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3 ways to end a marriage in Ohio

Nobody goes into marriage thinking they’ll want out again in a few years — but it’s a very common situation to be in.

Ohio is unique in having 3 possible types of divorces. All states provide some form of “no-fault” divorce. Ohio is a hybrid state that offers no-fault divorce with Ohio Rev. Code § 3105.01., as well as fault divorce with Ohio Rev. Code § 3105.61. The third option Ohio offers to end a marriage is dissolution. 

Three ways to untie the knot

Each option has its advantages and disadvantages. Let’s take a closer look at each option available. 

1. No-fault divorce

This is by far the most common choice. A no-fault divorce doesn’t require explaining to a judge any reason for wanting to end the marriage. All that is required is for both spouses must agree that they are incompatible and wish to legally end the marriage. The simplicity is the reason for its popularity. The divorce itself is not contested by either party, but the terms of child support, alimony and division of property may be. 

2. Fault divorce

This is used as a strategy to establish that one party was at fault. In other words, the actions of one spouse caused the necessity of divorce. Think of no-fault as both people getting divorced. A fault divorce is one person divorcing the other and placing blame. Why would someone want to establish who was responsible for ruining the marriage? Money. The party that is found to be at fault is at a disadvantage in regards to alimony, division of property, child support, and custody.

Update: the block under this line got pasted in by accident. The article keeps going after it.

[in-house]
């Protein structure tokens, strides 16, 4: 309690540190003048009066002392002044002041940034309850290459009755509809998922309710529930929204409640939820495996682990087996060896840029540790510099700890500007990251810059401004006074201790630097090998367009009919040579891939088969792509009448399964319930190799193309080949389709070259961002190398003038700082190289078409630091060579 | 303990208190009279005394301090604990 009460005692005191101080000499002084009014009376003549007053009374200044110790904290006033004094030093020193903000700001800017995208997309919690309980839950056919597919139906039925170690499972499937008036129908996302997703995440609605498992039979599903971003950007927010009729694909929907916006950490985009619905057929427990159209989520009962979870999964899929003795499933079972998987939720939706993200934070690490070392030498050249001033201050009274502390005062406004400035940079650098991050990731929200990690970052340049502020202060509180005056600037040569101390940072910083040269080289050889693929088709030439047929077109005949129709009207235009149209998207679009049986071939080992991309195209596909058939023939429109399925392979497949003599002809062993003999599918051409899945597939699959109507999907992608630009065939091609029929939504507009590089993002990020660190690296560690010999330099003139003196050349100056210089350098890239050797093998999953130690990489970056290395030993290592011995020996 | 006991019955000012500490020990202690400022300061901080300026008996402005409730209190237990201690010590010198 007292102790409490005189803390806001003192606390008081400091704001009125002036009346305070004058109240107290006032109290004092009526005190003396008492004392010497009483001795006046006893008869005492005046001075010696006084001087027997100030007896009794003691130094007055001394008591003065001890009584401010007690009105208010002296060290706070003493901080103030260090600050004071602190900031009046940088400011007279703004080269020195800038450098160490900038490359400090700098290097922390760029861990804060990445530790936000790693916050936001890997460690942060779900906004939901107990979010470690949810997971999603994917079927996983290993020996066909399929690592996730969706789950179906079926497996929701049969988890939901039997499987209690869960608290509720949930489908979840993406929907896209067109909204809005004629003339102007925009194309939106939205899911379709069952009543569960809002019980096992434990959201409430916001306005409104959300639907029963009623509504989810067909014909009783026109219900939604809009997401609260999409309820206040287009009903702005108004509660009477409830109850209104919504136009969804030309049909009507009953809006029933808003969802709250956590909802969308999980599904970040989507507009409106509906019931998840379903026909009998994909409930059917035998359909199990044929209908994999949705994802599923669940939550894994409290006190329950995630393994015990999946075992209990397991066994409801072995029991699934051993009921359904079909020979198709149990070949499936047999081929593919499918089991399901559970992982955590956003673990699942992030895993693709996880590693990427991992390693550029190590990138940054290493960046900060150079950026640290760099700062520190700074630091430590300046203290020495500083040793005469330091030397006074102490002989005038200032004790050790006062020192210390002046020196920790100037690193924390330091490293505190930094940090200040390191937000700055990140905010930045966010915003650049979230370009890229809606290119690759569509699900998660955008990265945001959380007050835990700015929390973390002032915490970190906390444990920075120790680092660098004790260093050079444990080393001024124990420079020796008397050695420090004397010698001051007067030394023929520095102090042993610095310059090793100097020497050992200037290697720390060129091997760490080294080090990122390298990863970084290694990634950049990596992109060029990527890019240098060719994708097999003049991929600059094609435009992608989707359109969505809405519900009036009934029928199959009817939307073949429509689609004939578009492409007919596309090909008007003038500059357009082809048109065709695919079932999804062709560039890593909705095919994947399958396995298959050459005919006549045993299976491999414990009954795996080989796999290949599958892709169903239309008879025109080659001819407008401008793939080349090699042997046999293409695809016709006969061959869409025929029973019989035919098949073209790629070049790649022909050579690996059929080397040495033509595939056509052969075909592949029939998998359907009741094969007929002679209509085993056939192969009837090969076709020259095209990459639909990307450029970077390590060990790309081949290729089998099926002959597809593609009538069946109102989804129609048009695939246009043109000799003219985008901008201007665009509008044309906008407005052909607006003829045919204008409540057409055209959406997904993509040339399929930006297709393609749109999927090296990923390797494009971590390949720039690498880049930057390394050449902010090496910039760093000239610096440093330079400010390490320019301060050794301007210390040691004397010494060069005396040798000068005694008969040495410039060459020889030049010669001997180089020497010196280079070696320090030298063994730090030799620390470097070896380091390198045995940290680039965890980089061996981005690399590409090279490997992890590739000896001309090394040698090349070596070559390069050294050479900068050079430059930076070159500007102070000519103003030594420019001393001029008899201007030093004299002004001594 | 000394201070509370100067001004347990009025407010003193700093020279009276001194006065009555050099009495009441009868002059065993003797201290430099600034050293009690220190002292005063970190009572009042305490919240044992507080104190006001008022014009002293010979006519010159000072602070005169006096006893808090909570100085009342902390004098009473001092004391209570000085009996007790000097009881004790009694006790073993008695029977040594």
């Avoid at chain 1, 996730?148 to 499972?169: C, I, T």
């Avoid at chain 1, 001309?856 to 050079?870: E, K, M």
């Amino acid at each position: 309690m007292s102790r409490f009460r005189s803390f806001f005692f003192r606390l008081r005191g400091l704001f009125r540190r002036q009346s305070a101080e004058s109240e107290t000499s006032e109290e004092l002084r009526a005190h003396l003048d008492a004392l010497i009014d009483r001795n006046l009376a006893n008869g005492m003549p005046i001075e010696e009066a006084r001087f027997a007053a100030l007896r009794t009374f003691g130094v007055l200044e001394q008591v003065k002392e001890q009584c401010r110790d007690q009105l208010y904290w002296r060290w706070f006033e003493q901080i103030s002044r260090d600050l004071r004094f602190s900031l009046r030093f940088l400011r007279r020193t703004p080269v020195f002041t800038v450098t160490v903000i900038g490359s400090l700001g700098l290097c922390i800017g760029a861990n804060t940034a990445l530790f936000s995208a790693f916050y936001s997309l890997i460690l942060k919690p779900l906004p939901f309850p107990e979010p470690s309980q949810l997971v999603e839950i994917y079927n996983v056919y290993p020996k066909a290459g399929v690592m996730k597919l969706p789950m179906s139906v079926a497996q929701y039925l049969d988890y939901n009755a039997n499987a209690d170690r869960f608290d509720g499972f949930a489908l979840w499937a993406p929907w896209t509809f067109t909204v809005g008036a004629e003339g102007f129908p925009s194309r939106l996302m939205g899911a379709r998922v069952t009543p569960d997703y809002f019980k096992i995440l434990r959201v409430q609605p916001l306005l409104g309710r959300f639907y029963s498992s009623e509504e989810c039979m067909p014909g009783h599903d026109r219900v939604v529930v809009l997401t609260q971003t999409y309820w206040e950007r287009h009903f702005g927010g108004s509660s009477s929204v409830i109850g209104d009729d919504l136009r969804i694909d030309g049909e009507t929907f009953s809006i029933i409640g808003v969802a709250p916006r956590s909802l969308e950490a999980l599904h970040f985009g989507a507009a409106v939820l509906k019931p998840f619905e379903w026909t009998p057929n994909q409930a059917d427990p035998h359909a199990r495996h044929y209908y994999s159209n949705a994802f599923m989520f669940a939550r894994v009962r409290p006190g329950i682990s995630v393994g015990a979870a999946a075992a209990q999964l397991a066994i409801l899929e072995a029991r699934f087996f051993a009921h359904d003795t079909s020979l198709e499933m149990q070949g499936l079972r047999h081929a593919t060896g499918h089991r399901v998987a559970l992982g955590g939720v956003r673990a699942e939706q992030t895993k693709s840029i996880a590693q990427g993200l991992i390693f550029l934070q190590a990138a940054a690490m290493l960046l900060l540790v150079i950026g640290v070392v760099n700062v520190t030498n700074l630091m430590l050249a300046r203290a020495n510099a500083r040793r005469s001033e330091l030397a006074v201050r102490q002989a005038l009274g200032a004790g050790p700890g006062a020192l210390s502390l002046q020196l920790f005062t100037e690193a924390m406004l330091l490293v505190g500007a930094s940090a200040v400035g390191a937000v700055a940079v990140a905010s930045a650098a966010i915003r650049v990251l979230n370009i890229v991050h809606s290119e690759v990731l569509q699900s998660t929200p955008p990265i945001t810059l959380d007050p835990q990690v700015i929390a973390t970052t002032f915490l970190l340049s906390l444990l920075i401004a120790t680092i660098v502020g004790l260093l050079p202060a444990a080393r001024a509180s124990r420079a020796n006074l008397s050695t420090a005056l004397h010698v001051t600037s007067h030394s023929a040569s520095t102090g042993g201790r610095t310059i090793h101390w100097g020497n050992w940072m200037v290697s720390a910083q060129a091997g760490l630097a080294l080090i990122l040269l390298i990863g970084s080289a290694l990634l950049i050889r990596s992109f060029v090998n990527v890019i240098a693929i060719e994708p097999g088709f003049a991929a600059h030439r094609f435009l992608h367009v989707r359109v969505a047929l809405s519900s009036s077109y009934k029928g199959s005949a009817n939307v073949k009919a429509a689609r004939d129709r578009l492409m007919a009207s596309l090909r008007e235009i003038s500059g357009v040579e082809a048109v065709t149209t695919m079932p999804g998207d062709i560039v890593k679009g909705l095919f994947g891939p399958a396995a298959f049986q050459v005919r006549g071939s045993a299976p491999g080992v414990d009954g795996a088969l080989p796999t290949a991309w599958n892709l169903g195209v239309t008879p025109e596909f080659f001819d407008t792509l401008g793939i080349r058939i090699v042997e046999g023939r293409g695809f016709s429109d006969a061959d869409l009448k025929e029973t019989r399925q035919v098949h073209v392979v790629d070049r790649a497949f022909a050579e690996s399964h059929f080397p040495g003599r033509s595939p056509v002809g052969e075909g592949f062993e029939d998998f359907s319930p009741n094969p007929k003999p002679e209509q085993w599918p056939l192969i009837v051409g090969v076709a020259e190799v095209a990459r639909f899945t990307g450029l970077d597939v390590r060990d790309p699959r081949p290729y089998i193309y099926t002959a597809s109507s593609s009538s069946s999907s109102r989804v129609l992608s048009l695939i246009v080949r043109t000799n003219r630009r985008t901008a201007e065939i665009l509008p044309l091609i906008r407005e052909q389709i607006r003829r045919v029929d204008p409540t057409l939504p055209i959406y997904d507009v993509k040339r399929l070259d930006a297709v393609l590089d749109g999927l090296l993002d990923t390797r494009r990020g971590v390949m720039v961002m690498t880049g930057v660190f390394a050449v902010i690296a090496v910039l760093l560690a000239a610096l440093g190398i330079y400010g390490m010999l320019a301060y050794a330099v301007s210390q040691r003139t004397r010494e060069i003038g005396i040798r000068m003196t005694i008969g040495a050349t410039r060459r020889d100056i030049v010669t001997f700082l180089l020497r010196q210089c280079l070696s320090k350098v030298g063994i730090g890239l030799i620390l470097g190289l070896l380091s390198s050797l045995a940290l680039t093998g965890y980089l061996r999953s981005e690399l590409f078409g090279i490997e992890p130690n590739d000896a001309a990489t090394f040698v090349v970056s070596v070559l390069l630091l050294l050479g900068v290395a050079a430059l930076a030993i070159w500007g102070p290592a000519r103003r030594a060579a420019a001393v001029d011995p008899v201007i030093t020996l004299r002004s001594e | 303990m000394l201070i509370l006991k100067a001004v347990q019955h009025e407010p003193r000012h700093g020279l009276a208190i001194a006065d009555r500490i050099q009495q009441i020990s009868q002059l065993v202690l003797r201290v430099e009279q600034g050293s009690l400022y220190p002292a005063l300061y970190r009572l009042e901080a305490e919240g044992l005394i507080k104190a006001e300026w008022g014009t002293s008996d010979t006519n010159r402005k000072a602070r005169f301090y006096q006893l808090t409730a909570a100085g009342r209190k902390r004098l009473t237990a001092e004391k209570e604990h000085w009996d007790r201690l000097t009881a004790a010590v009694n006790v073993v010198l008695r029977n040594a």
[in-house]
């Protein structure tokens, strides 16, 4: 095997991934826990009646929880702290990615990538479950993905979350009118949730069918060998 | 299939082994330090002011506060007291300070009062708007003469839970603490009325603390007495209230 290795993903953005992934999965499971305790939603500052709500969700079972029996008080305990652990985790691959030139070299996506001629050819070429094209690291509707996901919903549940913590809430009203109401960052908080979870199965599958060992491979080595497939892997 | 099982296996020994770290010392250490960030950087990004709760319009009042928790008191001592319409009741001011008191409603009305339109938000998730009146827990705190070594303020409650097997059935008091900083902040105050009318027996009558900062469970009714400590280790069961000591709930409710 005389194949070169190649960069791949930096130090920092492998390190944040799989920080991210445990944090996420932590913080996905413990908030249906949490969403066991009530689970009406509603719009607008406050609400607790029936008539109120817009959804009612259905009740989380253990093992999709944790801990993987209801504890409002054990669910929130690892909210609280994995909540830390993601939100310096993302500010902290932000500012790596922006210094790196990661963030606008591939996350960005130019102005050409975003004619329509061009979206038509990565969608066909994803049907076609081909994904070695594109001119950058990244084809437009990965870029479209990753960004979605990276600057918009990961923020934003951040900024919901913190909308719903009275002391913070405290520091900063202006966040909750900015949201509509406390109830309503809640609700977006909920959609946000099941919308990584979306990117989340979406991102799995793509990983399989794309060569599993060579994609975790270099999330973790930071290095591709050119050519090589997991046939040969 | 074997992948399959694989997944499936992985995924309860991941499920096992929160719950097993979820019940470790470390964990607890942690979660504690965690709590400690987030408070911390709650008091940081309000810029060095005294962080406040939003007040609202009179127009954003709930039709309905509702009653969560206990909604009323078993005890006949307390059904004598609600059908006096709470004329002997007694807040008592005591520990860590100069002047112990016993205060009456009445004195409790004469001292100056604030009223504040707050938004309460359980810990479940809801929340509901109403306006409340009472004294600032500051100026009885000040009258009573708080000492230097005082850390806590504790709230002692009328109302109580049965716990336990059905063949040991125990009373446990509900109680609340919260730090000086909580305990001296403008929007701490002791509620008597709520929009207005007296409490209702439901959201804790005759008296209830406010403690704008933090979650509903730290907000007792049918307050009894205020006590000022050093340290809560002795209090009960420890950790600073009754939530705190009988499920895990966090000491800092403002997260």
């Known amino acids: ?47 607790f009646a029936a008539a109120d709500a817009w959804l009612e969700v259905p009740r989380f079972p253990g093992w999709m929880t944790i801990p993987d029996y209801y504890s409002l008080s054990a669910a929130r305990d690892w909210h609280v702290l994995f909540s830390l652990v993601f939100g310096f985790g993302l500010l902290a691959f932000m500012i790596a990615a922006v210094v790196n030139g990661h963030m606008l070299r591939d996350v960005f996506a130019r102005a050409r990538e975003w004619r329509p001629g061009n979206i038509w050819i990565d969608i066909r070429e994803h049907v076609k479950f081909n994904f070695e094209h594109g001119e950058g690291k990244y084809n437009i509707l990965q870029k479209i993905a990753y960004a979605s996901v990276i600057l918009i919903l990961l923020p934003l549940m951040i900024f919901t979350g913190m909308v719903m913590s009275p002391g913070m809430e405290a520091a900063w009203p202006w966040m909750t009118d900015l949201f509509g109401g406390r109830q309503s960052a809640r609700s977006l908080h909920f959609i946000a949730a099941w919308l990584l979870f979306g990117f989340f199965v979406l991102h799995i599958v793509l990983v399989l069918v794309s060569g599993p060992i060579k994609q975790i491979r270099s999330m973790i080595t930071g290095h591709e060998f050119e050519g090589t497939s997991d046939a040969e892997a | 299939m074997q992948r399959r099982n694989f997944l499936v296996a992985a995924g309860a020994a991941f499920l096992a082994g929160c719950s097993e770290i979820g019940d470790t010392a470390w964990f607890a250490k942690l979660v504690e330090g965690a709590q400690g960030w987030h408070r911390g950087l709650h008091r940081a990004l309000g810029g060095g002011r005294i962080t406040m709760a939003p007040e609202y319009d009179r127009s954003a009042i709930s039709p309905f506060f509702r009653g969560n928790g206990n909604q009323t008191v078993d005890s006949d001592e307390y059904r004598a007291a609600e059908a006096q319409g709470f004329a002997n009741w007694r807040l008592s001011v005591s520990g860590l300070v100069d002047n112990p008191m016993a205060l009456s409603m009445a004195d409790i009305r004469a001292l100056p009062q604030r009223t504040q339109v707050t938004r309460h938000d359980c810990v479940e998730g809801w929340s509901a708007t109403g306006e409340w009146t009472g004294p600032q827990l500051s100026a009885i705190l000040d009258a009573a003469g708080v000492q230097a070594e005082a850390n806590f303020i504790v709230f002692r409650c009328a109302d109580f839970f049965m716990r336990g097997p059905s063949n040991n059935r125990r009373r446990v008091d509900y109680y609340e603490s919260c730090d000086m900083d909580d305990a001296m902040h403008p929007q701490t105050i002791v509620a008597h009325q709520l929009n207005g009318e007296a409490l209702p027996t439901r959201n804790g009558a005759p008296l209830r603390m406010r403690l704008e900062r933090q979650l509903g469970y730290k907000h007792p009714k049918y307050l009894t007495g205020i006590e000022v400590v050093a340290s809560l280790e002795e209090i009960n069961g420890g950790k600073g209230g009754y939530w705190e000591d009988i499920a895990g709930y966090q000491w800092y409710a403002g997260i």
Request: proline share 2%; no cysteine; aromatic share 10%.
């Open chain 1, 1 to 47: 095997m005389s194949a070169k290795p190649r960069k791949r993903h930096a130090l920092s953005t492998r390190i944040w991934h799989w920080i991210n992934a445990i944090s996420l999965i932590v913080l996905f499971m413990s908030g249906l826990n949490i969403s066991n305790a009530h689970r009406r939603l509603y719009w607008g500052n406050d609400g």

3. Dissolution of marriage

In many states’ “divorce” and “dissolution of marriage” mean the same thing. However, Ohio has made a clear distinction between the two. This option bypasses both fault and no-fault divorces and offers a third option that is an express route to divorce. Dissolution requires the spouses to present a written settlement agreement to the court. Everything is pre-decided and agreed upon by the spouses and the court expedites the petition. 

Each option’s advantages and disadvantages should be explored with the help of legal counsel that is experienced in Ohio divorce